The mid-’90s seemed to be the golden age of syndicated television. After the prime-time, major network programming ended, you could search the dials to discover a vast swathe of programming populating the late-night airwaves. From Star Trek: The Next Generation to Freddy’s Nightmares: A Nightmare on Elm Street – The Series to Baywatch to Harry & the Hendersons, there was no end to entertainment possibilities.
However, a little gem of a program entitled Night Stand with Dick Dietrick made the jump from syndicated broadcast TV to a lengthy run on E!, based on the strength of its deadpan comedy, which parodied the massive array of then-hot talk shows like Phil Donahue, Sally Jesse Raphael, and Jerry Springer so effectively, it took many viewers a few minutes to catch on to the fact that it wasn’t real.
Starring Tim Stack as the titular Dietrick, the comedy program would feature many of the members of the Groundlings, where Stack first developed the character containing Dietrick’s character nucleus, along with a cavalcade of guest stars. Surprisingly, despite the show’s strong popularity during its original 1995-97 run, as well as repeats on E!, it’s never made it to streaming or DVD.
I got on the phone with Stack–also one of the show’s co-creators and writers–to discuss not only the enduring cult of Night Stand, but also his career as a writer and actor.
Grumpire: I first became aware of your work at an age that is probably far too young when I saw you on the Tales From The Crypt episode, “My Brother’s Keeper.” That was a show that seemed to relish using character actors such as yourself. There are a lot of people in that programs who are like, “Oh, that guy.” It seems the show was a really high-profile gig for those who got to be on it. Was that the case for you?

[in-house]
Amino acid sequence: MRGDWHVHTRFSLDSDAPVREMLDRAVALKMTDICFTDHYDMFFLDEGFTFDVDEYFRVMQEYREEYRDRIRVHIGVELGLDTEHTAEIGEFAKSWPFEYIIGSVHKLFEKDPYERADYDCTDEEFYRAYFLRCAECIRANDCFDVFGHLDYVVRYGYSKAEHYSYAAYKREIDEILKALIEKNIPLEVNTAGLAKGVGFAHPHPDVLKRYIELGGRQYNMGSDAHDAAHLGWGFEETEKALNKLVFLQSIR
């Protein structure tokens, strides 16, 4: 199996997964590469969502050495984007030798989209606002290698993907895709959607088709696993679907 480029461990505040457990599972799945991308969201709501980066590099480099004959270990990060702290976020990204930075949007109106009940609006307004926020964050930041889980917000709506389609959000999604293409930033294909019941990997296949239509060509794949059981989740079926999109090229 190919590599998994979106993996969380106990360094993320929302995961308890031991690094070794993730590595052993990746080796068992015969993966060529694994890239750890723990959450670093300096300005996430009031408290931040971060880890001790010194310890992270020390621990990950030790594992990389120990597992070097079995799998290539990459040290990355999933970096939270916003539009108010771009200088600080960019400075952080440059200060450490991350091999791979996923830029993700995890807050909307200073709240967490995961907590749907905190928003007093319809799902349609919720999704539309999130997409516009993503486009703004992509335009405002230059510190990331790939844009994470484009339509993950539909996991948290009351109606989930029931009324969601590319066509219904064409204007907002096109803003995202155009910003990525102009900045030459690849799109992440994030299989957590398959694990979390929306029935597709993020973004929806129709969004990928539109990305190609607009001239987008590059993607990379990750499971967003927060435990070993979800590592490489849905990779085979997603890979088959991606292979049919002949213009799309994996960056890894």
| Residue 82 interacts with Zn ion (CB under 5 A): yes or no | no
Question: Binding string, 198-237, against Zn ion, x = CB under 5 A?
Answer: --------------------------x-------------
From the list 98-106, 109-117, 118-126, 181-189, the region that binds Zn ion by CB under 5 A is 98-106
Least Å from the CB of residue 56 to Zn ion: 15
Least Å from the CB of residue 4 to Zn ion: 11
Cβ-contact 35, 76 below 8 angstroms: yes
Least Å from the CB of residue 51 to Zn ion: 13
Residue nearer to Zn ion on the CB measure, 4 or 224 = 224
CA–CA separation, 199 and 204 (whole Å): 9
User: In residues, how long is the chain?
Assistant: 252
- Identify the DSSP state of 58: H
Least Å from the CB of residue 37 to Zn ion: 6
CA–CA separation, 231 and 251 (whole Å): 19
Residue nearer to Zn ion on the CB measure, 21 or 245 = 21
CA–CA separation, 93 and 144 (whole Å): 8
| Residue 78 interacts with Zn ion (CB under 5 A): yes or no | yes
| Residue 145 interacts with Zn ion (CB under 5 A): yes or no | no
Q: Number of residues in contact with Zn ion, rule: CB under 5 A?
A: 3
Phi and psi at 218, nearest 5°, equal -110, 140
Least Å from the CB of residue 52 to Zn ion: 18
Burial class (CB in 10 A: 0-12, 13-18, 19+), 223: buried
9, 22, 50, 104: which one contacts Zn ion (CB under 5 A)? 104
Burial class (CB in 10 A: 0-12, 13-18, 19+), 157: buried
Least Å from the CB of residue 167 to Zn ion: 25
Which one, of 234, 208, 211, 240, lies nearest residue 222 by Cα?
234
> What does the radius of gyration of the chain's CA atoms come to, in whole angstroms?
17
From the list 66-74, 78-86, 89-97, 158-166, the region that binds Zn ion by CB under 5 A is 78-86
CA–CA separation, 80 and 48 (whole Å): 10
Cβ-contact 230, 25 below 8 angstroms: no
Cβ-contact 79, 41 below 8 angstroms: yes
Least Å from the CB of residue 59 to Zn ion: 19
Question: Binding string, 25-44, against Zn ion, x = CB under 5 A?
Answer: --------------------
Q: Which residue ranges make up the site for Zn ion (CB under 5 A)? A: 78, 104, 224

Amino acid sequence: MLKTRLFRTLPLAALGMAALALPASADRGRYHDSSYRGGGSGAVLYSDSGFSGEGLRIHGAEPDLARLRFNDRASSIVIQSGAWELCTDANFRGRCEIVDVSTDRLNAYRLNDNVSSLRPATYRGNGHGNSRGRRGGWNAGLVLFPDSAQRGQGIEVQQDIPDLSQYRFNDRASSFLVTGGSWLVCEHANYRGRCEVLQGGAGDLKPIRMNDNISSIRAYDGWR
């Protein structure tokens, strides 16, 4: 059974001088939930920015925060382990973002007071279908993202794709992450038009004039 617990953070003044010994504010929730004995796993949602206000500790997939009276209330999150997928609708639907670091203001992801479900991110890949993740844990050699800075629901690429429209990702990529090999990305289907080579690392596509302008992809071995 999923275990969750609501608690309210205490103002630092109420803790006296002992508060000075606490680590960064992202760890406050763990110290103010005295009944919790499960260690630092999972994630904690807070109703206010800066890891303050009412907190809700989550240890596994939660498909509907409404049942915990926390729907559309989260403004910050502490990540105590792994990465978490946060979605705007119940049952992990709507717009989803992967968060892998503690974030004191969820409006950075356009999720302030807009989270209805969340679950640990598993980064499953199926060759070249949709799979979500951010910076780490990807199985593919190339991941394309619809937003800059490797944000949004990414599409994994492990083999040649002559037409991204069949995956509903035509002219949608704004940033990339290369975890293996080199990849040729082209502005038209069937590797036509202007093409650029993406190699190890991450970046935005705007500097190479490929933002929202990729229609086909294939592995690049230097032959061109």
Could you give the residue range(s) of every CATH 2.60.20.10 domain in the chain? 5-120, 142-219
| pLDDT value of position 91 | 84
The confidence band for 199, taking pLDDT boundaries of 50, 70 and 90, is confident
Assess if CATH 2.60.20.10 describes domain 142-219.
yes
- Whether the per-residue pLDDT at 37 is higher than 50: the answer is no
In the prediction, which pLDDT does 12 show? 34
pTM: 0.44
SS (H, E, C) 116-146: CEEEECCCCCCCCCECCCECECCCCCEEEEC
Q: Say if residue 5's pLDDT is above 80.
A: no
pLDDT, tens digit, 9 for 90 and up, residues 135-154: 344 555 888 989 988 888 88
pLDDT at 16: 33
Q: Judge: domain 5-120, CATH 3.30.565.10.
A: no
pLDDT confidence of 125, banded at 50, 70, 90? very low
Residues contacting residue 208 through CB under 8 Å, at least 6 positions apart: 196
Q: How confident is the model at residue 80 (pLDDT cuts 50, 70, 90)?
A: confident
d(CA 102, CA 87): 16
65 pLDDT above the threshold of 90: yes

Tim Stack: Absolutely, it was because there were so many big names attached to that project as producers–Robert Zemeckis, Richard Donner–a lot of big names and there were a lot of great parts for characters. Also, what they were doing was they were getting some big names to do television. Now, it’s done all the time, but at the time, it was very, very high-end to get on Tales From The Crypt. I was surprised when I got the call because they originally wanted my brother, Pat, who was an actor, but he had just gotten out of show business and got into sales.
So, then I thought, “You know, there’s a friend of mine from the Groundlings named Jon Stark”–who went on to have a great career as a writer and created the show [According to Jim]–“and Jon and I kind of look alike and we’re the same height,” so I called Jon. I said, “Would you want to audition for this?” and he said, “Yeah,” so I called the agent. I said, “Jon Stark’ll come in,” and they said, “Great, come on in.”
When we got to the waiting room, there were two brothers in there who were twins–the Laurance brothers, Mitchell and Matthew Laurance–and one of them was on 90210 at the time and I just thought to myself, “Well this is over. This isn’t going to work,” and then we went in to audition. We were both shocked that they wanted us. Jon and I were just like, “We knew we did well. We were good in the parts, but they’re going to go with the twins–they look alike,” and they said, “No, no: we want you guys,” so we did it and it was a great experience.
It was really hard work and being attached to Jon–that was a whole thing, getting that prosthetic where the two of us are attached at the hip. That was a weird 20-hour day. I reported to work at 3am to get the makeup, but it was great. It was really really fun and every once in a while, I watch it and I still think, “Oh, wow: that’s really, really good.”
You also get that great closing line that is the line of the episode.
I laugh evilly, don’t I? I think that’s what I do.
Yeah, but then you hit on the nurse, saying, “under that crisp white uniform, there’s a studded leather corset just itching to get out,” which when I first saw it, I had no idea what that meant, but the interesting thing is that came in the midst of quite a few recurring character roles on shows like Doctor Doctor and Night Court, and then came Parker Lewis Can’t Lose.
I found an article in The Morning Call from when you were starting Night Stand, where you talked about how the amount of work you put into Night Stand was 20 times what you did on Parker Lewis Can’t Lose for one-tenth of the money. Parker Lewis seems to be a show that disappeared for a while and then when it came out on DVD, folks seemed to rediscover its quirky weirdness.